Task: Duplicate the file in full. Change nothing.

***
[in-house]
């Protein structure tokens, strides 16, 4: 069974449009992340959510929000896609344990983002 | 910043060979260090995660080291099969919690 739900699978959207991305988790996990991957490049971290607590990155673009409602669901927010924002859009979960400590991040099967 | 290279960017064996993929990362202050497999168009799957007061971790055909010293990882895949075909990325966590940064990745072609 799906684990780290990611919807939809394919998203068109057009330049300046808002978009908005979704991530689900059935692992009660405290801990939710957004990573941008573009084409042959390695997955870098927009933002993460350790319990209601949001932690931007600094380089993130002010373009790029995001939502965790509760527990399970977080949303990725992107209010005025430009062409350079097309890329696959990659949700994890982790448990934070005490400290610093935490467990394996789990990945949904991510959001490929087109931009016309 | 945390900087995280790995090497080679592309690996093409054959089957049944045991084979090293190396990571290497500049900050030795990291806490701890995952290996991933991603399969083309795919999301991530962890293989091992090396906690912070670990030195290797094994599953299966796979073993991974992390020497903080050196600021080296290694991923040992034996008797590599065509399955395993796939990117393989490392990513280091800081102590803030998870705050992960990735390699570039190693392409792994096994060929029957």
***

[in-house]
């Protein structure tokens, strides 16, 4: 069974449009992340959510929000896609344990983002 | 910043060979260090995660080291099969919690 739900699978959207991305988790996990991957490049971290607590990155673009409602669901927010924002859009979960400590991040099967 | 290279960017064996993929990362202050497999168009799957007061971790055909010293990882895949075909990325966590940064990745072609 799906684990780290990611919807939809394919998203068109057009330049300046808002978009908005979704991530689900059935692992009660405290801990939710957004990573941008573009084409042959390695997955870098927009933002993460350790319990209601949001932690931007600094380089993130002010373009790029995001939502965790509760527990399970977080949303990725992107209010005025430009062409350079097309890329696959990659949700994890982790448990934070005490400290610093935490467990394996789990990945949904991510959001490929087109931009016309 | 945390900087995280790995090497080679592309690996093409054959089957049944045991084979090293190396990571290497500049900050030795990291806490701890995952290996991933991603399969083309795919999301991530962890293989091992090396906690912070670990030195290797094994599953299966796979073993991974992390020497903080050196600021080296290694991923040992034996008797590599065509399955395993796939990117393989490392990513280091800081102590803030998870705050992960990735390699570039190693392409792994096994060929029957």